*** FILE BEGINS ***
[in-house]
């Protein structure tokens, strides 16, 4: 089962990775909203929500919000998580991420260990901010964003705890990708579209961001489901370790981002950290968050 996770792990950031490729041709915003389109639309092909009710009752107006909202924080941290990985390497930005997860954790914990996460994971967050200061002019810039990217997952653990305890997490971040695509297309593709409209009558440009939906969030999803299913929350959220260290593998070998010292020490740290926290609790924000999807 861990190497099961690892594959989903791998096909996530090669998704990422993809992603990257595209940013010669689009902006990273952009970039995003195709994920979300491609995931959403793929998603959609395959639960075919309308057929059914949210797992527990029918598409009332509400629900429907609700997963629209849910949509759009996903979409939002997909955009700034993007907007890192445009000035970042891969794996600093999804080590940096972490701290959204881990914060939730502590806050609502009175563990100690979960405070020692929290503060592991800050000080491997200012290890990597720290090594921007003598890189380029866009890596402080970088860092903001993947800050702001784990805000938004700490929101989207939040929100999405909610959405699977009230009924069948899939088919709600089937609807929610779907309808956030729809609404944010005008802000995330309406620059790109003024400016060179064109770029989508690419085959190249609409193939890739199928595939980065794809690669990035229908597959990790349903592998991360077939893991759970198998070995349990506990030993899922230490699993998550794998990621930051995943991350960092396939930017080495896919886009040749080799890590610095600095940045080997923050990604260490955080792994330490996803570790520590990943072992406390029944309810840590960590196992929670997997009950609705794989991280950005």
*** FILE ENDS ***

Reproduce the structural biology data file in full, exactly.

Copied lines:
[in-house]
């Protein structure tokens, strides 16, 4: 089962990775909203929500919000998580991420260990901010964003705890990708579209961001489901370790981002950290968050 996770792990950031490729041709915003389109639309092909009710009752107006909202924080941290990985390497930005997860954790914990996460994971967050200061002019810039990217997952653990305890997490971040695509297309593709409209009558440009939906969030999803299913929350959220260290593998070998010292020490740290926290609790924000999807 861990190497099961690892594959989903791998096909996530090669998704990422993809992603990257595209940013010669689009902006990273952009970039995003195709994920979300491609995931959403793929998603959609395959639960075919309308057929059914949210797992527990029918598409009332509400629900429907609700997963629209849910949509759009996903979409939002997909955009700034993007907007890192445009000035970042891969794996600093999804080590940096972490701290959204881990914060939730502590806050609502009175563990100690979960405070020692929290503060592991800050000080491997200012290890990597720290090594921007003598890189380029866009890596402080970088860092903001993947800050702001784990805000938004700490929101989207939040929100999405909610959405699977009230009924069948899939088919709600089937609807929610779907309808956030729809609404944010005008802000995330309406620059790109003024400016060179064109770029989508690419085959190249609409193939890739199928595939980065794809690669990035229908597959990790349903592998991360077939893991759970198998070995349990506990030993899922230490699993998550794998990621930051995943991350960092396939930017080495896919886009040749080799890590610095600095940045080997923050990604260490955080792994330490996803570790520590990943072992406390029944309810840590960590196992929670997997009950609705794989991280950005």